Later on, the Laura Ingalls series was favourite reading material at home (this, and Anne Frank, brought on the craze for autobiographical books), leading on to Jane Austen, Charles Dickens, the hilarious P.G. Wodehouse and James Herriot amongst many, many others.  I was probably a little strange in loving all the Shakespeare plays, but they appealed to me.  Roald Dahl came late in life. Although we had shelves of amazing books at home, my mother did not approve of his books for some strange reason, (my poor sister was given “Charlie and the Chocolate Factory” as a gift, and it went in the fire, to our great sorrow) so they were banned reading until I left home and could buy them and read them in the privacy of my own home.  There were some things I would refuse to read. Mills & Boon… say no more.

As each of my children were born, I continued the beloved tradition.  Beatrix Potter’s “The Story of Miss Moppet” was the very first story I ever read my infant daughter.  As she got older, it became one of her favourite stories, and she would coo in sympathy for poor Miss Moppet and her head in the duster,miss moppet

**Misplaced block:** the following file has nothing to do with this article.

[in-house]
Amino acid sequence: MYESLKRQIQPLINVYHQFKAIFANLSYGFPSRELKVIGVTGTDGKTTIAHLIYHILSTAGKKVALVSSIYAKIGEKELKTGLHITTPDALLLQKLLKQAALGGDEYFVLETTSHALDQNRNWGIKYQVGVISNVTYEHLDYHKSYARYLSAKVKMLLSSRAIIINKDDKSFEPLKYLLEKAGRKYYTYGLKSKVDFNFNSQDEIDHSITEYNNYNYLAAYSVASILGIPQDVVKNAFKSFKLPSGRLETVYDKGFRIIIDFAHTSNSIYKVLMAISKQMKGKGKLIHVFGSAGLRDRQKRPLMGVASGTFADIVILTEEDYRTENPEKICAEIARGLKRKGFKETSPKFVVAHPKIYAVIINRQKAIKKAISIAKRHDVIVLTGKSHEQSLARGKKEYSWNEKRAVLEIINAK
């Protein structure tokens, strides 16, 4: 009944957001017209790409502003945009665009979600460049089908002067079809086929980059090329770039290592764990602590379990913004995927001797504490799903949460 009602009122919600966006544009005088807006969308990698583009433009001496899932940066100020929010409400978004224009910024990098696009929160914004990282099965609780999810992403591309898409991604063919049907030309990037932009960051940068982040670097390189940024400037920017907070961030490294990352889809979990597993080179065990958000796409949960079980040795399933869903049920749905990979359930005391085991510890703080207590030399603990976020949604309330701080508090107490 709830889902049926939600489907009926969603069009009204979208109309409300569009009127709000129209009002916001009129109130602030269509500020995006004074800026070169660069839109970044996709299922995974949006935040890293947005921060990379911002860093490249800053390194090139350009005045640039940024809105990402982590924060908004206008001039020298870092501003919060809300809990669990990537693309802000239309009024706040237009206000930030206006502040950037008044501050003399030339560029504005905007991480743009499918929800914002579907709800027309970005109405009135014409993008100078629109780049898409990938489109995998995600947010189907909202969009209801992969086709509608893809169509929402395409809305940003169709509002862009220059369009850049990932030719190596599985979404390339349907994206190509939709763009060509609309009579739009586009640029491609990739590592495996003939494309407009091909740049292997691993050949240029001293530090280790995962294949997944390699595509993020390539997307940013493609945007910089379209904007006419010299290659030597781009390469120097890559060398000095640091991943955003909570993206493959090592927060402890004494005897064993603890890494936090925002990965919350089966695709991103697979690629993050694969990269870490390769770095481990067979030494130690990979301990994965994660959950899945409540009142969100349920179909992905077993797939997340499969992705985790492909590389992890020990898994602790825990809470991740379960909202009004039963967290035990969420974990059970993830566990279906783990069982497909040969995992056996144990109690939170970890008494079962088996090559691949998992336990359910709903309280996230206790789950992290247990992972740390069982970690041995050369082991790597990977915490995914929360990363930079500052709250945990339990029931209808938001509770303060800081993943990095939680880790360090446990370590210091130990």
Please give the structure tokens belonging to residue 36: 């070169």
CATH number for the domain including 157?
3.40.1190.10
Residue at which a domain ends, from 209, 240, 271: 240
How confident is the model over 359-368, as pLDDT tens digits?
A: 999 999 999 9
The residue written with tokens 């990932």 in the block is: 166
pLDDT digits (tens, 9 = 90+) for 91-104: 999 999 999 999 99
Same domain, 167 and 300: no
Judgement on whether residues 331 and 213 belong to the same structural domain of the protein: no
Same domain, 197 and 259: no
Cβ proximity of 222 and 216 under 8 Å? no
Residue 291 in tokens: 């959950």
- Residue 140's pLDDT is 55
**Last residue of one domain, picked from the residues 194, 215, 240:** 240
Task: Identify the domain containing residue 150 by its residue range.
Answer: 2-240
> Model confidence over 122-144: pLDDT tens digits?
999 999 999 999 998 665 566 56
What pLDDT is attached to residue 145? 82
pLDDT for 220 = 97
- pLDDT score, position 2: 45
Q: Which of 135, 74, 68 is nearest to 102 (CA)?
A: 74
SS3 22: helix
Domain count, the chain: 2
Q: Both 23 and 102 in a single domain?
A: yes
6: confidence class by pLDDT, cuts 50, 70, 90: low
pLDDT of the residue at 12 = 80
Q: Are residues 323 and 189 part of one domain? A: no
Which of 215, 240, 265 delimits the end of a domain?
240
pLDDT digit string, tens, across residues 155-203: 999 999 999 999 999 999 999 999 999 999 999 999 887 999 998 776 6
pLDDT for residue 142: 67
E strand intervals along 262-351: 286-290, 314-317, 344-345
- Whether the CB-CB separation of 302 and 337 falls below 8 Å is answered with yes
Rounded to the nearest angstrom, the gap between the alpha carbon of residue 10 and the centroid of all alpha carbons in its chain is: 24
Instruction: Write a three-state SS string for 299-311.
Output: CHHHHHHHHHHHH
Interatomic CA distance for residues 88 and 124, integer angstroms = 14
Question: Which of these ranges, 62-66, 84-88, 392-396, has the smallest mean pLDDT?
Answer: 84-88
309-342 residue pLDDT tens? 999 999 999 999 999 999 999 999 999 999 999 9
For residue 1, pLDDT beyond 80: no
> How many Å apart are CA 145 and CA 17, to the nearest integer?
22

and shriek in laughter at silly Miss Moppet finding the duster empty after the clever little mouse had squeezed out of the hole in it and was dancing a jig on top of the cupboard!

naught mouse in miss moppet

In fact, I bought the compendium of Beatrix Potter stories when I was only 19 years old, and hadn’t even got a partner yet, and it would be a few more years after that before my first child was born!  But the idea of being able to one day read this treasury of beautiful stories to my own children inspired me to get it.  I even have Pat Menchini’s “The Beatrix Potter Knitting Book” of ’80s designs all inspired by B.P. stories and shot on location on some of the National Trust properties that were owned by Beatrix Potter.  Some of them are still very knittable!

Peter Rabbit cardigan

Peter Rabbit cardigan and toning skirt from The Beatrix Potter Knitting Book

So when Audry told me about the book she was writing (Lit Knits), and that it would feature patterns inspired by children’s stories, I was very excited.  So many stories I could think of, so many patterns that one could think up!  What a great idea!  I waited patiently… for two years!  Clearly, this book would be one worth waiting for.